Posted: 12:00 p.m. Sunday, Sept. 1, 2013
By KD Drummond
Throughout the preseason, I've had an uneasy feeling, gnawing away at me. I tried to ignore it, but it just refused to go away. After each and every preseason game, there it was, staring me in the face as I penned the fastest post game recaps in the world. OK, during the games to be exact... I don't think my "mind meld" excuse is fooling anybody that I wasn't cheating and writing while the game was still going on. I alluded to the concern in each of the articles, but still never wanting to come out and truly say what worried me to the point of antacids and stress relief exercises. The Cowboys special teams was set to derail what could have been a glorious season.
I had visions of the Cowboys offense and defense doing exactly what they were capable of, and having the specials give up a game-tying punt return, a momentum-changing kickoff return, a blocked game-winning kick... taking what should be a playoff team and making it one on the cold, blustery outside-looking-in come January. Apparently, Jason Garrett and Jerry Jones had that same queasy feeling when breaking down film and decided something must be done about it. The Cowboys have seemingly firebombed the special teams units in hopes of saving the future of the 2013 season.
Fans were excited over the offseason when the team canned Joe DeCamillis and brought in Rich Bisaccia. DeCamillis' units have struggled for some time and it led to many to speculate that he was being retained as a courtesy to the accident that nearly paralyzed him at the Cowboys practice facility a few years back. The team reportedly told him he wasn't going to return for 2013 and DeCamillis parlayed a head coaching interview with the Chicago Bears (to skirt the rules? you don't say!) into their ST coordinator position.
In came Bisaccia, recently of the San Diego Chargers and formerly of the Super Bowl champion winning Tampa Bay Buccaneers. As most unit coaches must do, Bisaccia couldn't rely on what he saw on tape, he had to experiment with players in his schemes to see what he truly had. The preseason results were scary.
Over the course of the five games, Dallas allowed a blocked field goal attempt, a punt return touchdown, muffed a punt, fumbled a punt return, gave up a 30 yard punt return after it was muffed, and gave up a 50 yard kickoff return after taking a fourth-quarter lead. To top it off, they also tackled a guy calling for a fair catch on a punt. Twice.
Owner and GM Jerry Jones poo-poo'd the issues to the press, saying the following earlier in the rehearsal game schedule (via SportsDay DFW):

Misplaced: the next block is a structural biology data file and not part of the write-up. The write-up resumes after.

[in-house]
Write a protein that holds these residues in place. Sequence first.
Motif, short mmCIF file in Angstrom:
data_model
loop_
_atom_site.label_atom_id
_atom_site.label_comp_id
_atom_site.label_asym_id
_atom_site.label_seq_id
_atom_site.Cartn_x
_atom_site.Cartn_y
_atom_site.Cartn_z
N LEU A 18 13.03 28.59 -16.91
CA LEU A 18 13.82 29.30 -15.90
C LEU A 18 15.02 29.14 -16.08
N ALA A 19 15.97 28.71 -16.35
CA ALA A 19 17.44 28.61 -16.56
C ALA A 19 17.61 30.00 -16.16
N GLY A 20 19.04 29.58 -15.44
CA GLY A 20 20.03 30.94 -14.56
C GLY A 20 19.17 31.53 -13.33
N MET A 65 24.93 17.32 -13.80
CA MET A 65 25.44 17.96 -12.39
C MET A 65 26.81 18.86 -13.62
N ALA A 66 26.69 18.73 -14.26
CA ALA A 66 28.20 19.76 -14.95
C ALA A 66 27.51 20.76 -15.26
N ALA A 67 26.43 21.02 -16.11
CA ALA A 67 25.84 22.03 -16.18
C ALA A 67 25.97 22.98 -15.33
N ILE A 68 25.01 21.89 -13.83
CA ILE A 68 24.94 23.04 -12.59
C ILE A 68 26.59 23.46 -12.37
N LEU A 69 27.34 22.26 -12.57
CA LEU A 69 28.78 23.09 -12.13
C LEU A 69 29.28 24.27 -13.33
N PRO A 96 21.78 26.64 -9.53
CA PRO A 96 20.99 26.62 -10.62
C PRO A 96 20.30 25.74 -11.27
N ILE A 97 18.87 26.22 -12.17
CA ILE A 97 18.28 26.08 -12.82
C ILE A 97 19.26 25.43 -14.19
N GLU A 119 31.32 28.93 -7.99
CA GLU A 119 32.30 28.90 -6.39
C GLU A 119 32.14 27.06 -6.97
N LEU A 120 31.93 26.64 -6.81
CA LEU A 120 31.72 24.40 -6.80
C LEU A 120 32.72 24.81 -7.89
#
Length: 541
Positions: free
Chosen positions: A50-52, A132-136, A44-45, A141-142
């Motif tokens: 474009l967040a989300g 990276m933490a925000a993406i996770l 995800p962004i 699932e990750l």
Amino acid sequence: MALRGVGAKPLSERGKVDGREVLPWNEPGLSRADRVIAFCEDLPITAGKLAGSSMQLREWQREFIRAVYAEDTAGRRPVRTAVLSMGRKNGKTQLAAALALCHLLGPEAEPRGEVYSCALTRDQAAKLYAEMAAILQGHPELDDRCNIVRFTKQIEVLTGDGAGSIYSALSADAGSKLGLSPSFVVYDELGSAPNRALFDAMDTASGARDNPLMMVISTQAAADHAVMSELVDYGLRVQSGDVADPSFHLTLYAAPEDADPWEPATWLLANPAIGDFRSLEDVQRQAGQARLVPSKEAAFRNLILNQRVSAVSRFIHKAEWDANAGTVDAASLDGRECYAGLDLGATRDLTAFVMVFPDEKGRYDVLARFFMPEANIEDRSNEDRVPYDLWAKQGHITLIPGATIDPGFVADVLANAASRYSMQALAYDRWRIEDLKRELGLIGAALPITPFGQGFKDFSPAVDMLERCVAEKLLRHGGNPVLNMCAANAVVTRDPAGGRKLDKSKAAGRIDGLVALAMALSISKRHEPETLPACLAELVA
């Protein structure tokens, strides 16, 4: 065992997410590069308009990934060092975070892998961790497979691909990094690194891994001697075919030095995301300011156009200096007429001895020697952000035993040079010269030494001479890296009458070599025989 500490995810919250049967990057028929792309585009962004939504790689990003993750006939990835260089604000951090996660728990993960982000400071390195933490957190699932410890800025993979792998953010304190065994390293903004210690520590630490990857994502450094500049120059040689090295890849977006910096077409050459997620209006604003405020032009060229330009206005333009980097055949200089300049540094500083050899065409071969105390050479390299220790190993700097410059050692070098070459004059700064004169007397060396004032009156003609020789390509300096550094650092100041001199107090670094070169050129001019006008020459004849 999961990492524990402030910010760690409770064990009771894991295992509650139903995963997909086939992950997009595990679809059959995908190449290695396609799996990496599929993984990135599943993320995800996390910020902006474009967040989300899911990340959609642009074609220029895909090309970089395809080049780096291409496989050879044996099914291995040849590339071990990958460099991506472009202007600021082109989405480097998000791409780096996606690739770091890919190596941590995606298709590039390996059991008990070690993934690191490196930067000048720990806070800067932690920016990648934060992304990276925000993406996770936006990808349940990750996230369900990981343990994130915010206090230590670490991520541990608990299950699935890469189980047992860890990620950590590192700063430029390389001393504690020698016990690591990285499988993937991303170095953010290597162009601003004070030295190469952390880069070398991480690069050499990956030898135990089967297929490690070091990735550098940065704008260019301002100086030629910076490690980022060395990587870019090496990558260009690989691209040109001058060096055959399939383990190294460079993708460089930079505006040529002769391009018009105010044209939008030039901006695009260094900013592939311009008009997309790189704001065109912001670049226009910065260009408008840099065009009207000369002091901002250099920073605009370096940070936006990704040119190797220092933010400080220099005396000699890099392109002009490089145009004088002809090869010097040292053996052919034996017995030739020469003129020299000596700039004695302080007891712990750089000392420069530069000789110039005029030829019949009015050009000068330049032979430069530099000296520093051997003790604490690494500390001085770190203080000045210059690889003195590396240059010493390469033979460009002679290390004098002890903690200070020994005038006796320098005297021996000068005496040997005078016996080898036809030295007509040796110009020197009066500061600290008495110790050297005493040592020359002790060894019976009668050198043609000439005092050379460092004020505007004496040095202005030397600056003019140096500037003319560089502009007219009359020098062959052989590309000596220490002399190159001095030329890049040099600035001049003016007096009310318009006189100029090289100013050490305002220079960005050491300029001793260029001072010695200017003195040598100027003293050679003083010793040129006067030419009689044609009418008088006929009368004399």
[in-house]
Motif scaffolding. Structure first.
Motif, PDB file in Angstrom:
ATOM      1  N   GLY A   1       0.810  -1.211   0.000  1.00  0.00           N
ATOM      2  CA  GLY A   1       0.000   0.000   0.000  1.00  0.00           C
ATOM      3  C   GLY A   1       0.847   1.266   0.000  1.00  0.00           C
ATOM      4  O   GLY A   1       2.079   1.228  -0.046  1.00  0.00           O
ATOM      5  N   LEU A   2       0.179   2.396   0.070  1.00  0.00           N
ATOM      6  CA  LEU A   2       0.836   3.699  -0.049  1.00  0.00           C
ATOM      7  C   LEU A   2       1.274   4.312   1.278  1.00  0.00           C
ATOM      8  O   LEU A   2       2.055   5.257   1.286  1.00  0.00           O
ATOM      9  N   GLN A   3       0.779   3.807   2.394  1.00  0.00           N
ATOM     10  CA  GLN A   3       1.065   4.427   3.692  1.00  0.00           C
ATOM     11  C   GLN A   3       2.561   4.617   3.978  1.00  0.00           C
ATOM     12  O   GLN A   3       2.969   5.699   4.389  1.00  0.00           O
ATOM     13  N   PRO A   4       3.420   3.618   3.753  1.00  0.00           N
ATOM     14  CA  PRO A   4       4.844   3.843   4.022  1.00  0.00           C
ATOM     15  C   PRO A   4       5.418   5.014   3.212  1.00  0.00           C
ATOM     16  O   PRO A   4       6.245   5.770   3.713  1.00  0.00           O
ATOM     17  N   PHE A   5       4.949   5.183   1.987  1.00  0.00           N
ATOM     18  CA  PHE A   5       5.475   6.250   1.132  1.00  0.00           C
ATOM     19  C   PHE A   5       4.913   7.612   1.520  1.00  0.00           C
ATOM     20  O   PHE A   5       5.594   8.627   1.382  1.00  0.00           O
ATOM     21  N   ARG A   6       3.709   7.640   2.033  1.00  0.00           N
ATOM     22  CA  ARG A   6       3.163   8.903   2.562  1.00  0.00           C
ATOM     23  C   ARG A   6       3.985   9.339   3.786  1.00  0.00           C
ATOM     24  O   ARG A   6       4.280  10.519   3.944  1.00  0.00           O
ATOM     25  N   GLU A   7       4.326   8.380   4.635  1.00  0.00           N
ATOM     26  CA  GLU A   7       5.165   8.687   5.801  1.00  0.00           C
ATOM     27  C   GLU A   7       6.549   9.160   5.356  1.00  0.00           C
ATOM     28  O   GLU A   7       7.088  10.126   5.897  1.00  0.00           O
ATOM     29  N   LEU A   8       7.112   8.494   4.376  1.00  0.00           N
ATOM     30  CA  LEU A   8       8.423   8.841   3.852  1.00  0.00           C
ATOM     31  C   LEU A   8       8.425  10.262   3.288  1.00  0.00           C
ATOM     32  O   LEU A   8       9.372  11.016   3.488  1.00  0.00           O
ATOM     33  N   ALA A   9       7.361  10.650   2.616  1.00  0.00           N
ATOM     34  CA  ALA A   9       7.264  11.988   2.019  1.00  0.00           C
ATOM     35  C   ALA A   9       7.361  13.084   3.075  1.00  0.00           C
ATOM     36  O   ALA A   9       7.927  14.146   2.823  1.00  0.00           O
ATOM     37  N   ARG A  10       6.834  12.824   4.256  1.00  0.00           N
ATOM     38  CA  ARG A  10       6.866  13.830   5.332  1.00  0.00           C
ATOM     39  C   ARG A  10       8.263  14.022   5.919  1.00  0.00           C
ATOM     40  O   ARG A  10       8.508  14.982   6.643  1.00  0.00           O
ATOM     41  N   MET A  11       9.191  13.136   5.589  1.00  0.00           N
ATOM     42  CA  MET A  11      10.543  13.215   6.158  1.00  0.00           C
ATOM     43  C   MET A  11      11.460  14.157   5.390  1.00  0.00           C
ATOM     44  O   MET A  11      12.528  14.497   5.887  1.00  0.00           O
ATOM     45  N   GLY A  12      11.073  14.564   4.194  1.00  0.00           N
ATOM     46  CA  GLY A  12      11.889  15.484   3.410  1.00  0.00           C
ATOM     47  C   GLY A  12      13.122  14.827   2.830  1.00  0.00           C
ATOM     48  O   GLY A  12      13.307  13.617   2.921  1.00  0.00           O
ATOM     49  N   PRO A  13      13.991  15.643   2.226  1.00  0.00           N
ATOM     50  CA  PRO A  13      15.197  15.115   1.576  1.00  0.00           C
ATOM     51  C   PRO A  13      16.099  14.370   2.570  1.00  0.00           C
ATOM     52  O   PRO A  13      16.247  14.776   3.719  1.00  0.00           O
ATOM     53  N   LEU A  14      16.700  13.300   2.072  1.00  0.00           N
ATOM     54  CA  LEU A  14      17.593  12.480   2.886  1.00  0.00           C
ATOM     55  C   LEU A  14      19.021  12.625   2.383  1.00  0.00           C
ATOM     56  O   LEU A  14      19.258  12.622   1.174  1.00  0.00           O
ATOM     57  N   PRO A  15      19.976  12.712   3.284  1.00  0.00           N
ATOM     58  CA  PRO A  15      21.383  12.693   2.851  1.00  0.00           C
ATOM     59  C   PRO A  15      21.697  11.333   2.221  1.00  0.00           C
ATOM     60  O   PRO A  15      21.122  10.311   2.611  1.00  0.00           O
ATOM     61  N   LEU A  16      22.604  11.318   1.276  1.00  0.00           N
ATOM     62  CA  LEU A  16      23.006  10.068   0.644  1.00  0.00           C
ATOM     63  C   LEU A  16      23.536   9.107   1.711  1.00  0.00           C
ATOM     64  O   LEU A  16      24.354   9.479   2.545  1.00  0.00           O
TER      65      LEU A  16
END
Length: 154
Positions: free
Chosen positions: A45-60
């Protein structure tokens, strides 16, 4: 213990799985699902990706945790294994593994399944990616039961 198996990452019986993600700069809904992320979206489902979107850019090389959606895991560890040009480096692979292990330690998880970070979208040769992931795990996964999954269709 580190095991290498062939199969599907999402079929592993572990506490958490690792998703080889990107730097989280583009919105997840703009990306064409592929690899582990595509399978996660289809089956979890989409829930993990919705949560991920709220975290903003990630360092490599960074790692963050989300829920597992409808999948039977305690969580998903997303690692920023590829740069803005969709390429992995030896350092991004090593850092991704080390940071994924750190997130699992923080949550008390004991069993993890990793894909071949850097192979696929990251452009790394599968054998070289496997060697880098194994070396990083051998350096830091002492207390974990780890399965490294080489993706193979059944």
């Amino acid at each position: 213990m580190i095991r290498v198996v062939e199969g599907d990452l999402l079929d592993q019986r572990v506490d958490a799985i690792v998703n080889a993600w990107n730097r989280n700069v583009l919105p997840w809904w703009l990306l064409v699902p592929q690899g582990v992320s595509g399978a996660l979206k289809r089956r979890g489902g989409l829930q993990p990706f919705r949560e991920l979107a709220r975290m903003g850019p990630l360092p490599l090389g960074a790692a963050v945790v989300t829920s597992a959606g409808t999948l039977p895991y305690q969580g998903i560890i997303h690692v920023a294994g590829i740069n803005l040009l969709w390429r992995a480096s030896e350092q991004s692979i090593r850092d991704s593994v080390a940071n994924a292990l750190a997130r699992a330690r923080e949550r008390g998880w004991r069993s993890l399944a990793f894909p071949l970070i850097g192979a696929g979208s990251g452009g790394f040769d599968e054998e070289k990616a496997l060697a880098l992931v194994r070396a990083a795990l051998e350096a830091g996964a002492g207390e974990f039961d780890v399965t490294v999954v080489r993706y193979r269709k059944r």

"The thing you have to remember is that the other night, we had maybe as many as 35 players that won't be on the team in two weeks," Jones told the New School show Tuesday on 105.3 The Fan [KRLD-FM]. "And one of the places you see them involved the most is on special teams. So you have quite a make up of different players on the field."
"I think you get better execution when you start to put the players out there that have made the 53."
The special team's execution? I'm in favor of it.
But the Cowboys brass saw the problems, exacerbated by losing 2012 leading ST tackler Alex Albright for the year, and I believe they saw the same images of a great season going by the wayside if it wasn't addressed. So when it came time to round out the 53-man roster... special teams seemed to take precedence over every other camp battle.
First, the team negotiated a reduced contract with three-year ST captain, safety Danny McCray. McCray was to count $1.323 million against the cap and for that reason I had him being a cut. Media and fans quickly assumed that would mean that Eric Frampton would be pushed out. Nope, Frampton also made the final 53. The Cowboys then raised their bet as they kept a prior unthought of six safeties not named Matt Johnson on the active roster, giving a spot to UDFA rookie Jeff Heath. Most thought a five-safety roster would include Johnson, so six without him is eye-brow raising.
Heath had been incorporated to more and more special teams plays as the preseason progressed and handled himself rather well.
Everyone knew that Dallas would most likely keep four tight ends. Nope, they kept five of them, including Andre Smith. Tight ends and safeties, as well as linebackers, normally make up the core of the special teams units.
Over the last few weeks, we've been told that there was no chance that fourth-string running back Phillip Tanner wouldn't make the club or be used in a trade because he worked on every special teams unit. Sure enough, Tanner is part of the club's 53.
A surprise cut by many was the fact that Sterling Moore wasn't kept on the team as a fifth cornerback. Moore didn't make an impact on special teams last year (he failed to record a tackle in 41 special teams snaps) and that could have gone a long way in the decision not to bring him with the team into 2013.
To further hammer home the point, when Dallas found themselves with an extra roster spot after sending G Nate Livings to IR, they went out and acquired ST guy in Edgar Jones from Kansas City. Jones spent the first five years of his career on teams with Baltimore.
If you include Dante Rosario, who was supposedly signed at the behest of Bisaccia for his ST prowess but has struggled so far, Dallas now has four "gurus" out there: Rosario, Frampton, McCray and Jones. Throw in guys that can play every unit, such as Tanner and Heath, and one would hope that's enough to get consistent play over the season. Their first test will come next Sunday night, along with the rest of the team when they open the year against the New York Giants.
Here's hoping that things for this Cowboys team end up being special, as opposed to their special teams being what ends things for this Cowboys team.